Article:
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Jamie Stewart

Jamie Stewart, DVM, Ph.D.

Assistant Professor in Production Management Medicine in the Department of Large Animal Clinical Sciences

Excellence in Teaching Spotlight by the Center for Excellence in Teaching and Learning at Virginia Tech

This spotlight is presented by The Center for Excellence in Teaching and Learning and highlights a faculty member's effective, engaging, and impactful approach to teaching and learning at Virginia Tech.

Among the goals of the Center for Excellence in Teaching and Learning are advancing experiential learning at Virginia Tech and improving student learning through research-based instructional practices and student-centered design. According to Stewart, her approach to teaching focuses on continuous education and ensuring that her lectures are up to date: “I try to first educate myself as much as possible. It is important to me that I find the time to update my lectures every couple of years. The information in food animal medicine and reproduction is ever-evolving, and I try to convey to my students the importance of staying up-to-date on information by reading journal articles and attending CE (Continuing Education) meetings. Half of what students learn is obsolete by 5-10 years out of vet school, so teaching them where to find information is just as important as learning the basics.”

When asked to recall her most memorable and meaningful moment as a teacher, Stewart said, “I love getting to see the progression from first year to fourth year veterinary students. For many, I am helping to provide them with their first experience in performing procedures, such as palpation in cattle. Then to see them come through the clinic as a fourth year and really understand how we use that technique for diagnostics is so satisfying as a teacher.”

Stewart has also been involved in creating a class emphasizing experiential learning: “When my 3rd year students kept commenting on how they wish they had the ability to have more teaching labs, my big project was to create a "laboratory"-focused class that doubled the amount of time they got to palpate cows and give them a leg up on the technique. This year, I was also really excited to introduce them to some "hand and wrist" exercises that were proven to help students increase grip strength and improve palpation skills.”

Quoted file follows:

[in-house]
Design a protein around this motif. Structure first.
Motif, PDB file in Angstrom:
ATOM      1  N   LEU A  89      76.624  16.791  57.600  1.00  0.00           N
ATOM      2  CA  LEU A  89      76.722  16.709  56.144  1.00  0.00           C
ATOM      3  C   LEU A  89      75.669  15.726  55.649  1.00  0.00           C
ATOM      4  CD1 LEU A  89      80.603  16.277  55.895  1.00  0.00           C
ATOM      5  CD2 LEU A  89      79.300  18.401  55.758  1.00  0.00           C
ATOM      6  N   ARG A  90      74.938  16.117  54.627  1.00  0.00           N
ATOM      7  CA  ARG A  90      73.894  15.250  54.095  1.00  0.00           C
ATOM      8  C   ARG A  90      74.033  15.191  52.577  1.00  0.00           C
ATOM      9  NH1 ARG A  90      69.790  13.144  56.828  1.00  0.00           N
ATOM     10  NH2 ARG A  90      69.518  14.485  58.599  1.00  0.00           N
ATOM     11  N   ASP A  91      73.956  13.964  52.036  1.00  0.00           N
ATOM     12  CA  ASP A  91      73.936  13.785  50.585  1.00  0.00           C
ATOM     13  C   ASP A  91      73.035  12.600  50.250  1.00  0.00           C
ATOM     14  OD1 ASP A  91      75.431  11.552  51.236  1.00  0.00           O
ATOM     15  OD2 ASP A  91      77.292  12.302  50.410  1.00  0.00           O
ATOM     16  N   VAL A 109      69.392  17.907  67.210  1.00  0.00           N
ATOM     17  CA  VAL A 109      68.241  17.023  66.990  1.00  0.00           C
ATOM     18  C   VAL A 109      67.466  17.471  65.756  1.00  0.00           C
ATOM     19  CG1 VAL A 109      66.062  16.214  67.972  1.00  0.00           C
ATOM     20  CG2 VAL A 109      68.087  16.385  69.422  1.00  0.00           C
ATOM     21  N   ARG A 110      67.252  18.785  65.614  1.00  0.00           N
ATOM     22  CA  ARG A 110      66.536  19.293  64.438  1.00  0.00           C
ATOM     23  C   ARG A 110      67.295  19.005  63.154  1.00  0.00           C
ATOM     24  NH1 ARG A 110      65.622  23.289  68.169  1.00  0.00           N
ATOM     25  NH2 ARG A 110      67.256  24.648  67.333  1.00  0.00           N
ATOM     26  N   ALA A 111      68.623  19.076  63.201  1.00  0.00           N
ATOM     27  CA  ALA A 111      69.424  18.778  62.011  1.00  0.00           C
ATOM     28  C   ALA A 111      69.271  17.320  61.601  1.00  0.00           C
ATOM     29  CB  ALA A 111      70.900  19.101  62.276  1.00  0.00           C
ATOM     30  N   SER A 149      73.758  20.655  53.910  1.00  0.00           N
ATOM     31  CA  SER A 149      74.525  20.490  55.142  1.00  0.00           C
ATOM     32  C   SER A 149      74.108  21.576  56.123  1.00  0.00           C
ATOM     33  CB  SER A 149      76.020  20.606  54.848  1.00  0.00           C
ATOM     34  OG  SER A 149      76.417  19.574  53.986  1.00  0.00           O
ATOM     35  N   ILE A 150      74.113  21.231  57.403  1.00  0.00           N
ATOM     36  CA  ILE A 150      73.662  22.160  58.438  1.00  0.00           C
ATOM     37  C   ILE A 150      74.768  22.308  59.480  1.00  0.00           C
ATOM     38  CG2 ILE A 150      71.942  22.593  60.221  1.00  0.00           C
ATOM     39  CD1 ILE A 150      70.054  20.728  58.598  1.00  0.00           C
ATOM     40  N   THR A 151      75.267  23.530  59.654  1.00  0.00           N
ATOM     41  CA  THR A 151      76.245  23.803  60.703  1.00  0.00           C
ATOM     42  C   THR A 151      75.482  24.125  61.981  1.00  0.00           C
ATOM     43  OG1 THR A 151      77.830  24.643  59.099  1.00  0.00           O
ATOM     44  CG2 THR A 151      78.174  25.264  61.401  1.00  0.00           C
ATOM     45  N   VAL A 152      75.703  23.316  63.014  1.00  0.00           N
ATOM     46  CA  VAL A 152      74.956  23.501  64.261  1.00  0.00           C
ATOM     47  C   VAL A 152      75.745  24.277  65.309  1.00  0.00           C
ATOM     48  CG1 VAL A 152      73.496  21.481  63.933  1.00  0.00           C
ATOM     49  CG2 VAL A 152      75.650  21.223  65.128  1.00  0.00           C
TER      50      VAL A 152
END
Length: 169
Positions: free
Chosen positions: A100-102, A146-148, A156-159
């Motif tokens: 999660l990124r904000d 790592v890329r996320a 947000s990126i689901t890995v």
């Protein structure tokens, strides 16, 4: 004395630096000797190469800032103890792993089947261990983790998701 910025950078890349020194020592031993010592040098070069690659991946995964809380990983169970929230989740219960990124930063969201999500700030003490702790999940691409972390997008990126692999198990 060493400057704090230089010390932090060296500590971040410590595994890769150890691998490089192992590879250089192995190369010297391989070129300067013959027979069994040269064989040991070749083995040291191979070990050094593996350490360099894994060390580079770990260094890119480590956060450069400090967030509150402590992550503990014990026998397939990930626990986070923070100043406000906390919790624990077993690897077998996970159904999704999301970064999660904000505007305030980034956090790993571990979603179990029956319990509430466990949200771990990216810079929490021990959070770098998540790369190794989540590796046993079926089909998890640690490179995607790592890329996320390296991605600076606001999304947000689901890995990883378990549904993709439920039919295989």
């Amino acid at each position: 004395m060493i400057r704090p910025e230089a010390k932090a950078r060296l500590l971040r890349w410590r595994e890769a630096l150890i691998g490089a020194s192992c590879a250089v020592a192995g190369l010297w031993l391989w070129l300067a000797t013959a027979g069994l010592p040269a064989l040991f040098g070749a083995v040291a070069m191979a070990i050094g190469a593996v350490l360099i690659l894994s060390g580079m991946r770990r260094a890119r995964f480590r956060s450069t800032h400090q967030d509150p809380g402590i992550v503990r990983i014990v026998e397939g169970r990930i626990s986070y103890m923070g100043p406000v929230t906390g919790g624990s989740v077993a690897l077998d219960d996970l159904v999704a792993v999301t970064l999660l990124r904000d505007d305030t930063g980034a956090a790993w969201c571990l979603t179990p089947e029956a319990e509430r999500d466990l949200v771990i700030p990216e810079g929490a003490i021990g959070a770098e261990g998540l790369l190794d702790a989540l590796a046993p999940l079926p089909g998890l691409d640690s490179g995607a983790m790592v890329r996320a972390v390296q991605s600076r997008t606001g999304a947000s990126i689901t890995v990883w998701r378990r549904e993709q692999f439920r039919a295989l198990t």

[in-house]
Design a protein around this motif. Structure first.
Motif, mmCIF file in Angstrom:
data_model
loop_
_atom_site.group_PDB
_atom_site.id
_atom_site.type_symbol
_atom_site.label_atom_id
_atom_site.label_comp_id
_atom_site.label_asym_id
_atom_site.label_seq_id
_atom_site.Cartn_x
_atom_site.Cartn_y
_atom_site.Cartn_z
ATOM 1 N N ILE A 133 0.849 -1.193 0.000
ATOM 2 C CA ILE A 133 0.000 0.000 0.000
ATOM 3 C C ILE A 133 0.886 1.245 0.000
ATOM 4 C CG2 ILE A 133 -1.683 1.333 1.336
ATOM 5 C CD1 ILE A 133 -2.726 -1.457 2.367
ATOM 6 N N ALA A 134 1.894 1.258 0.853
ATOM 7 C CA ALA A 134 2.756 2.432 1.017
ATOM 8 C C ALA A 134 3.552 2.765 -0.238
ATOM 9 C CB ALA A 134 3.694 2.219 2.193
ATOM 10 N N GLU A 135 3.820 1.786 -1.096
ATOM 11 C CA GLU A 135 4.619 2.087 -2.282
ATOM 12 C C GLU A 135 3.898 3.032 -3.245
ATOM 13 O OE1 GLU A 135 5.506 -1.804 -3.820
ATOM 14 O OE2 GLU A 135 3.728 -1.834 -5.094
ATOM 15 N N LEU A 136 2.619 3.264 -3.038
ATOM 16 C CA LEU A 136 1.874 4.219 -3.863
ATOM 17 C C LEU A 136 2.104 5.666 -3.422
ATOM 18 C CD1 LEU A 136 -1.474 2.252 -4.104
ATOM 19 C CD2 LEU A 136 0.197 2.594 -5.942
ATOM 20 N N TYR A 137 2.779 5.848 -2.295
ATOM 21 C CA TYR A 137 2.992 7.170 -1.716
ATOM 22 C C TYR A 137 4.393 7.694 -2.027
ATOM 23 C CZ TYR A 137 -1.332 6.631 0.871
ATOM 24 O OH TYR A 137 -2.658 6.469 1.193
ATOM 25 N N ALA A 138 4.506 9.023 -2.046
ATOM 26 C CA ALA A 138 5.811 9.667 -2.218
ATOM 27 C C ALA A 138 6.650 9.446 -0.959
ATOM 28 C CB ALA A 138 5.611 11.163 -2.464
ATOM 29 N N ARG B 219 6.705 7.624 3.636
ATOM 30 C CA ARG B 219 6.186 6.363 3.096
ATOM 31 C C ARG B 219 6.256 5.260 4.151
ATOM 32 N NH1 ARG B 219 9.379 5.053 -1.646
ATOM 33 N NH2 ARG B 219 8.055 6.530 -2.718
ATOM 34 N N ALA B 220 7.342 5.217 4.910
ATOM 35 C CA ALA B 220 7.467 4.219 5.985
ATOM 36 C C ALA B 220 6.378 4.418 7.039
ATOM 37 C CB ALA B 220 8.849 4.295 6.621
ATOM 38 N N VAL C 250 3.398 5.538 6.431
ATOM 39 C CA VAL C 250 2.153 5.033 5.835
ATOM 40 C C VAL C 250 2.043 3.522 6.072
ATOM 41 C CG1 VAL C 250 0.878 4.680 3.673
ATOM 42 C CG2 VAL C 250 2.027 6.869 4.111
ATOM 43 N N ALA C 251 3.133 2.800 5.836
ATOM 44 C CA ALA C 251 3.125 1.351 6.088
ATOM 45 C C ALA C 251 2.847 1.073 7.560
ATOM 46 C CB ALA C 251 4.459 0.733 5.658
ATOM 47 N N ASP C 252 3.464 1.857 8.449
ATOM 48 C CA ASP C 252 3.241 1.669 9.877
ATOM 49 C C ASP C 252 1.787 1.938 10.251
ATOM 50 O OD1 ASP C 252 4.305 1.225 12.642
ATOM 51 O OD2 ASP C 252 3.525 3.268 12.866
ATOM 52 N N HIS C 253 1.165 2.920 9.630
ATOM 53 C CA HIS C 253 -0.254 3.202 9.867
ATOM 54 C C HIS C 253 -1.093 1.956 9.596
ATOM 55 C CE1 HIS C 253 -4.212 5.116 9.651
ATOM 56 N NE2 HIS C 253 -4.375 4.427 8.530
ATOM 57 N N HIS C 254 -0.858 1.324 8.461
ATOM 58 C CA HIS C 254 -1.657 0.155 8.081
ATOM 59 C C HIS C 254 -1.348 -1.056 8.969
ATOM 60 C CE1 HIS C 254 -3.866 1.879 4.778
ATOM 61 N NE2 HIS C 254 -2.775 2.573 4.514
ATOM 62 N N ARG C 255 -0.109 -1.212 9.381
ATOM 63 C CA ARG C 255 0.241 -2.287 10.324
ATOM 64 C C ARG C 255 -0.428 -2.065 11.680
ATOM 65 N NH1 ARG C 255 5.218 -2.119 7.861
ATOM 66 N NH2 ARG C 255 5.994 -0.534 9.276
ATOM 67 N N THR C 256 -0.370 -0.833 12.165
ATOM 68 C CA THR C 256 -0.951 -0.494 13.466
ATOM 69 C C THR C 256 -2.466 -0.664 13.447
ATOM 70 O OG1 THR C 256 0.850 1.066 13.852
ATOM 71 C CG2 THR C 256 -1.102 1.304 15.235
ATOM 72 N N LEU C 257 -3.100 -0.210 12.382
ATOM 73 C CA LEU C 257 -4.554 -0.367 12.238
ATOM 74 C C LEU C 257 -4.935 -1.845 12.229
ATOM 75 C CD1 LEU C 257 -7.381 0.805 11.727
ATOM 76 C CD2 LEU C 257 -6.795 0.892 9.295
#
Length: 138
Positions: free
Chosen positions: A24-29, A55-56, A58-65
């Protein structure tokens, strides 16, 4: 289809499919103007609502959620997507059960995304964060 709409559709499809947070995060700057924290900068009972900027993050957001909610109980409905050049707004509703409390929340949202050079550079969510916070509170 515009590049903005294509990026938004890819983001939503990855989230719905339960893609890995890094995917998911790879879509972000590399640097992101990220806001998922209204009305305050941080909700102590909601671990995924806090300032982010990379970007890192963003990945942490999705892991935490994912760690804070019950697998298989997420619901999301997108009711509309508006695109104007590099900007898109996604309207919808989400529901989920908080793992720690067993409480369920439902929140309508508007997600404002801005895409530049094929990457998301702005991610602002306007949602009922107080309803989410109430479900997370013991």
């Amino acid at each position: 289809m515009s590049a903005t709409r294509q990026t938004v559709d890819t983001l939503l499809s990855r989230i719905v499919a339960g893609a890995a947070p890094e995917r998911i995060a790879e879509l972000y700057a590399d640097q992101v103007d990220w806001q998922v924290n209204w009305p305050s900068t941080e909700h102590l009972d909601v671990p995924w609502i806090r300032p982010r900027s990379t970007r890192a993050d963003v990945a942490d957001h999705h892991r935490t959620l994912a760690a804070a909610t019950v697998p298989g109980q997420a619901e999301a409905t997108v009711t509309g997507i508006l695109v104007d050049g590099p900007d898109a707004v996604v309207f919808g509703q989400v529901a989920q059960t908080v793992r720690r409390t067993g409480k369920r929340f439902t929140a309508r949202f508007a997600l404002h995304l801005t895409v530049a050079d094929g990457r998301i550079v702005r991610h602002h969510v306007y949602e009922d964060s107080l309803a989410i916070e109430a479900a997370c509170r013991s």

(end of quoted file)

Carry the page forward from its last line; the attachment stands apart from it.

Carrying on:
Nicole Sugai, one of Stewart’s students, is currently a mentee/part resident at the Virginia-Maryland College of Veterinary Medicine. Sugai elaborated on how fortunate she is to have Stewart be a part of her clinical training: “She is a wonderful teacher and mentor and I am so fortunate to know her. Dr. Jamie Stewart is an outstanding clinical educator. She works tirelessly to provide great learning opportunities to students in the classroom, in labs, and in clinical settings. Her training methods are able to break down complex topics enabling students to better comprehend topics in her field. She has been a wonderful mentor to myself as well and an active participant in my clinical training as part of my residency.”

One of Stewart’s colleagues, Sherri Clark-Deener, commented on Stewart’s positive attitude and dedication to training students: “Jamie brings a very positive perspective to our students’ educational experience in food animal reproduction. She has revised old teaching styles and initiated new teaching laboratories and models to aid in training our veterinary students with necessary skills. We are lucky to have an instructor who also involves students in applied reproductive research in large animals.” 

Stewart provided the following advice for new college teachers: “Really encourage your students to fill out their evaluations at the end of the semester. I've found that it helps if I tell students how I have used the recommendations to improve the course over my first 5 years here as a teacher... they are always willing to give honest and constructive feedback if they know we will read and utilize it.”